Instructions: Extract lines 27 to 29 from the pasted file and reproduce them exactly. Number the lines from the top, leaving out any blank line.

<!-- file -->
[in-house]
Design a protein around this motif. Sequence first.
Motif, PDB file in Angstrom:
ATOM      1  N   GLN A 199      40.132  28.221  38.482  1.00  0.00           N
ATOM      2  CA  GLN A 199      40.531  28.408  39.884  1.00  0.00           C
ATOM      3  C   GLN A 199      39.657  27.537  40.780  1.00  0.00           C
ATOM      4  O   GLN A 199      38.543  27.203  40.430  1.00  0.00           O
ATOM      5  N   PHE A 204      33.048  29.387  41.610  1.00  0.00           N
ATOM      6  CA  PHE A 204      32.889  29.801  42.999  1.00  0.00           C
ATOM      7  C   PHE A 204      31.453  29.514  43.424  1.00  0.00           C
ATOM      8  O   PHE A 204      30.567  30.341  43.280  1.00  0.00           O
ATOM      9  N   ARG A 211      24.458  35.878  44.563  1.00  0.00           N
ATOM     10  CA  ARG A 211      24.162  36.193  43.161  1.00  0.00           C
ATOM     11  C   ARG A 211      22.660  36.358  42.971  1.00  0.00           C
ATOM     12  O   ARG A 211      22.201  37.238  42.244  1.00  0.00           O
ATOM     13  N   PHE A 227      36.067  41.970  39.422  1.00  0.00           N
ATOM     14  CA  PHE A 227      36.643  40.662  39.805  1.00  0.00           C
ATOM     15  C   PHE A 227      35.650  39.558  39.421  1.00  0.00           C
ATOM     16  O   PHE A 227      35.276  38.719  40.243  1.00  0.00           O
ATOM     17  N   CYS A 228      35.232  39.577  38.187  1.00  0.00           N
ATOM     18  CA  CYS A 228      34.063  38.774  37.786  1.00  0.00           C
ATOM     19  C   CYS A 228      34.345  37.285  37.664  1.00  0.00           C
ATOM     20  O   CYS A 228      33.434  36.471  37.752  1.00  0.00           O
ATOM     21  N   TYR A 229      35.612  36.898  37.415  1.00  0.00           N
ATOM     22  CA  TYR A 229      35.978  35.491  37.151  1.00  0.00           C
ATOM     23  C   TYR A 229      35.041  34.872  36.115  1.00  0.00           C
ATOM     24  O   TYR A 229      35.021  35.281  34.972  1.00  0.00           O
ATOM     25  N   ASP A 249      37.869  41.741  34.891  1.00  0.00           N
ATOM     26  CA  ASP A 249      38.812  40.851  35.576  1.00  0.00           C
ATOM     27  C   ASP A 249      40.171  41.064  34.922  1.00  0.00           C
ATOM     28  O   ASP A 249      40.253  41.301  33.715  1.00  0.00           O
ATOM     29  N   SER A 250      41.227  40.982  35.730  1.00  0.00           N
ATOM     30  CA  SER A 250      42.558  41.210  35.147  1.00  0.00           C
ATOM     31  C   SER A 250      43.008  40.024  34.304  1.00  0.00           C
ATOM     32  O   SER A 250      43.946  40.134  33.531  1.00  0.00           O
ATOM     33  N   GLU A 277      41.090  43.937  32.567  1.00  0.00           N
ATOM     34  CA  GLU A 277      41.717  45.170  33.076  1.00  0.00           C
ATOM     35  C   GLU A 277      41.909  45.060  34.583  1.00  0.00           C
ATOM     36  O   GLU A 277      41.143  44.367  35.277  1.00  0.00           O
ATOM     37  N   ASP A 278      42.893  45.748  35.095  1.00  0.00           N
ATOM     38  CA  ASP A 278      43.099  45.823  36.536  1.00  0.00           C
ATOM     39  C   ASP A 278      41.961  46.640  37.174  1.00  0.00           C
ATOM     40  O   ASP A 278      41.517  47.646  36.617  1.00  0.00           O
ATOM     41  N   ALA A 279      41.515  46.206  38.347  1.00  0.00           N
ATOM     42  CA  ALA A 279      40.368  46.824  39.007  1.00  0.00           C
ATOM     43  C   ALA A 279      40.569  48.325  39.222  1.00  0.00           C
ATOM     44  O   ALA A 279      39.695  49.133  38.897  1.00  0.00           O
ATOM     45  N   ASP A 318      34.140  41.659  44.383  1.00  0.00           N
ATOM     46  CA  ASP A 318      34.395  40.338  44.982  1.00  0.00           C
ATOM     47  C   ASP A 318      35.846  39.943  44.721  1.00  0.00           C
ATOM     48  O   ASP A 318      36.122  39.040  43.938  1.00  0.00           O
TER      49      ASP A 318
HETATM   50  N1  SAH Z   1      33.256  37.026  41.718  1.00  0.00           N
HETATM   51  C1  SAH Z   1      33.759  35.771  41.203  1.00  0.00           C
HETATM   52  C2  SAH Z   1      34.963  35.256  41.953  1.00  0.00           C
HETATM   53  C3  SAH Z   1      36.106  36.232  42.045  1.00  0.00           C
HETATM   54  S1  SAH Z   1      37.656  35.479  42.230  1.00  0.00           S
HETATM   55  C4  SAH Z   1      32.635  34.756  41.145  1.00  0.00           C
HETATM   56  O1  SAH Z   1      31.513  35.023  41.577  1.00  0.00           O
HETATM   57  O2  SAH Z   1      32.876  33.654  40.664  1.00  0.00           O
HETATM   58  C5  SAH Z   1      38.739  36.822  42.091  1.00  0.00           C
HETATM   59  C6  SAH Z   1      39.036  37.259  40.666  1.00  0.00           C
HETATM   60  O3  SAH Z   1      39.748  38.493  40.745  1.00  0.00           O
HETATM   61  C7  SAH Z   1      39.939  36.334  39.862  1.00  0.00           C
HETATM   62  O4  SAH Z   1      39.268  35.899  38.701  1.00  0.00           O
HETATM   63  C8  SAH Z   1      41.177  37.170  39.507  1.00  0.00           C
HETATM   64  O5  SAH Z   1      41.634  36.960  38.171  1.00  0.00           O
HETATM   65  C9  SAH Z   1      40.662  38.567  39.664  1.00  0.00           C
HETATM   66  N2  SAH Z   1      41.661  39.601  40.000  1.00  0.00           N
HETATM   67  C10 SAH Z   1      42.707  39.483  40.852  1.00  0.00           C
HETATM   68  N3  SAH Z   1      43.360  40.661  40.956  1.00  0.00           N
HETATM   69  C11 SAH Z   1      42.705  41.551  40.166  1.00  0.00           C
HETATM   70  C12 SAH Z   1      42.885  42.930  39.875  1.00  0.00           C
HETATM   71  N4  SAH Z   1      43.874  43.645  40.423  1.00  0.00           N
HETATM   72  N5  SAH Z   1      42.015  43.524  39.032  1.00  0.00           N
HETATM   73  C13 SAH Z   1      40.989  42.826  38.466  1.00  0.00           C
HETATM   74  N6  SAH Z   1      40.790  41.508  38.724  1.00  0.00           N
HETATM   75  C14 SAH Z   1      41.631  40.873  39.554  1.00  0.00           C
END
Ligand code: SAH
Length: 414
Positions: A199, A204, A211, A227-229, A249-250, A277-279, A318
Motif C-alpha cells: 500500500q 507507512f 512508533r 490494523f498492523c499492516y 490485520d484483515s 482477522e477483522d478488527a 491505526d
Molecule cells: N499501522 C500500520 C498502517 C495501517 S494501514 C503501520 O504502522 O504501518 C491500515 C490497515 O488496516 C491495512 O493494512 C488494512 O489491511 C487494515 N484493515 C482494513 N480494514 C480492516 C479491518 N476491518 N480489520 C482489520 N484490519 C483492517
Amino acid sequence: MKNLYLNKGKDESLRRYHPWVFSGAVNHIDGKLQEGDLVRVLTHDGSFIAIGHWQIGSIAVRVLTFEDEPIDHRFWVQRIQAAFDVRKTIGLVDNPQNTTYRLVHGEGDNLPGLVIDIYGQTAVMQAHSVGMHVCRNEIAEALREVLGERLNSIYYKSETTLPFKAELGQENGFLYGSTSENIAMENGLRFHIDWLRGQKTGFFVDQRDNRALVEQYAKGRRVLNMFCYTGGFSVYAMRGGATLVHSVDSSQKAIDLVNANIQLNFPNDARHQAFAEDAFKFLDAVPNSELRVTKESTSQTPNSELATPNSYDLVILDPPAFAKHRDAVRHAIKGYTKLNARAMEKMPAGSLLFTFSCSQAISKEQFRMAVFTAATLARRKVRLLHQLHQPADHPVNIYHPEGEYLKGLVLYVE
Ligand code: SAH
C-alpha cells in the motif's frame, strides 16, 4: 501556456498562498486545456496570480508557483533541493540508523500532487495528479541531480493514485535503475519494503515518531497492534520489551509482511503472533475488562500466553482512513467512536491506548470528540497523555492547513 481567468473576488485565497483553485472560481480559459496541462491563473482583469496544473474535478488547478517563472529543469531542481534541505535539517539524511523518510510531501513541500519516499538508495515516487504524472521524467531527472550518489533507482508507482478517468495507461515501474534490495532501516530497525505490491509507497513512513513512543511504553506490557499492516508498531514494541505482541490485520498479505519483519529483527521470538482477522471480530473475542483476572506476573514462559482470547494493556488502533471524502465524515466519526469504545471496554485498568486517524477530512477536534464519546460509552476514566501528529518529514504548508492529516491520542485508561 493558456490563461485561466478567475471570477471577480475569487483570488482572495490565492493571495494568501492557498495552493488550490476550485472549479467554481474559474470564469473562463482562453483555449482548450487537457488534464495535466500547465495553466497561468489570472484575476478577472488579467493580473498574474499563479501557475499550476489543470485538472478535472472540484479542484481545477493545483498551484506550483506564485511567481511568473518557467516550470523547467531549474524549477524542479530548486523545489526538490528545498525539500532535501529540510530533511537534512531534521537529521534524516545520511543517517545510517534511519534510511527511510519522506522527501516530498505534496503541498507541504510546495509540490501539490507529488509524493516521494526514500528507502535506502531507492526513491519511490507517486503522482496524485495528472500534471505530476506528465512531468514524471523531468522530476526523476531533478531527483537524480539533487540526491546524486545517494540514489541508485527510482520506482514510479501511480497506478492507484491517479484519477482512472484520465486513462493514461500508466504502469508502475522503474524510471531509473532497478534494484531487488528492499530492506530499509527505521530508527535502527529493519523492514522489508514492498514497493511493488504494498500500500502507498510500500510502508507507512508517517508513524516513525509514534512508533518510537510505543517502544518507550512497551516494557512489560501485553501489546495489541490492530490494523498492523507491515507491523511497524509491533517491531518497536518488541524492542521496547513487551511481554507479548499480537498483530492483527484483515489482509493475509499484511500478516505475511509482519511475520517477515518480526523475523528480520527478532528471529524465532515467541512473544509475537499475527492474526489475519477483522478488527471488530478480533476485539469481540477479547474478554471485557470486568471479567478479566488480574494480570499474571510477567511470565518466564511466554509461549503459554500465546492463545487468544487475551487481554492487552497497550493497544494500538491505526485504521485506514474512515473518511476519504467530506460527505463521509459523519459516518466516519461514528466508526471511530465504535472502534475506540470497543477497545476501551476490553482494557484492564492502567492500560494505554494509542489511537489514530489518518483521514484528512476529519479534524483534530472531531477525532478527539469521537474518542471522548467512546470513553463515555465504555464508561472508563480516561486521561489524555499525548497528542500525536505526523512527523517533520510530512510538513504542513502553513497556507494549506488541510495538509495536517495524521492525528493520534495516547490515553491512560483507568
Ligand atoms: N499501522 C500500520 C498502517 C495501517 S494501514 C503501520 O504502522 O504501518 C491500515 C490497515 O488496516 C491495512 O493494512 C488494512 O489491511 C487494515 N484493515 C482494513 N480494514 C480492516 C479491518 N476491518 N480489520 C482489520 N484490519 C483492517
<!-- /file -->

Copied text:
ATOM     24  O   TYR A 229      35.021  35.281  34.972  1.00  0.00           O
ATOM     25  N   ASP A 249      37.869  41.741  34.891  1.00  0.00           N
ATOM     26  CA  ASP A 249      38.812  40.851  35.576  1.00  0.00           C